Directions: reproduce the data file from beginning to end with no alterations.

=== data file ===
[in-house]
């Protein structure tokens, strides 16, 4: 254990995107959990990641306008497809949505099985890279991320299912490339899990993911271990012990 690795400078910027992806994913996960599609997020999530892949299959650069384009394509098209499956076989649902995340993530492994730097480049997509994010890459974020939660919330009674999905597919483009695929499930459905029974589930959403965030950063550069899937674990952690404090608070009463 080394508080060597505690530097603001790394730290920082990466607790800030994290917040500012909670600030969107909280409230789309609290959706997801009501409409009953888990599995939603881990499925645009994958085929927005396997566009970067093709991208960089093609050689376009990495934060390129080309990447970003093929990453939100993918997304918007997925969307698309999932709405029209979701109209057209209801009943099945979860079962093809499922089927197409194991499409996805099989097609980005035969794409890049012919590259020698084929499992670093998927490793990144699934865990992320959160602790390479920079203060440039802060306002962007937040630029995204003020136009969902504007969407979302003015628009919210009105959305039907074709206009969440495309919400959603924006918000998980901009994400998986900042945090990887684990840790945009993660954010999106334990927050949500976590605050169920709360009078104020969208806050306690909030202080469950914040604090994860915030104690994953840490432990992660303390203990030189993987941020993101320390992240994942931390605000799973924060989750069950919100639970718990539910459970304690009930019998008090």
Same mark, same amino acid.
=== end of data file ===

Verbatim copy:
[in-house]
């Protein structure tokens, strides 16, 4: 254990995107959990990641306008497809949505099985890279991320299912490339899990993911271990012990 690795400078910027992806994913996960599609997020999530892949299959650069384009394509098209499956076989649902995340993530492994730097480049997509994010890459974020939660919330009674999905597919483009695929499930459905029974589930959403965030950063550069899937674990952690404090608070009463 080394508080060597505690530097603001790394730290920082990466607790800030994290917040500012909670600030969107909280409230789309609290959706997801009501409409009953888990599995939603881990499925645009994958085929927005396997566009970067093709991208960089093609050689376009990495934060390129080309990447970003093929990453939100993918997304918007997925969307698309999932709405029209979701109209057209209801009943099945979860079962093809499922089927197409194991499409996805099989097609980005035969794409890049012919590259020698084929499992670093998927490793990144699934865990992320959160602790390479920079203060440039802060306002962007937040630029995204003020136009969902504007969407979302003015628009919210009105959305039907074709206009969440495309919400959603924006918000998980901009994400998986900042945090990887684990840790945009993660954010999106334990927050949500976590605050169920709360009078104020969208806050306690909030202080469950914040604090994860915030104690994953840490432990992660303390203990030189993987941020993101320390992240994942931390605000799973924060989750069950919100639970718990539910459970304690009930019998008090």
Same mark, same amino acid.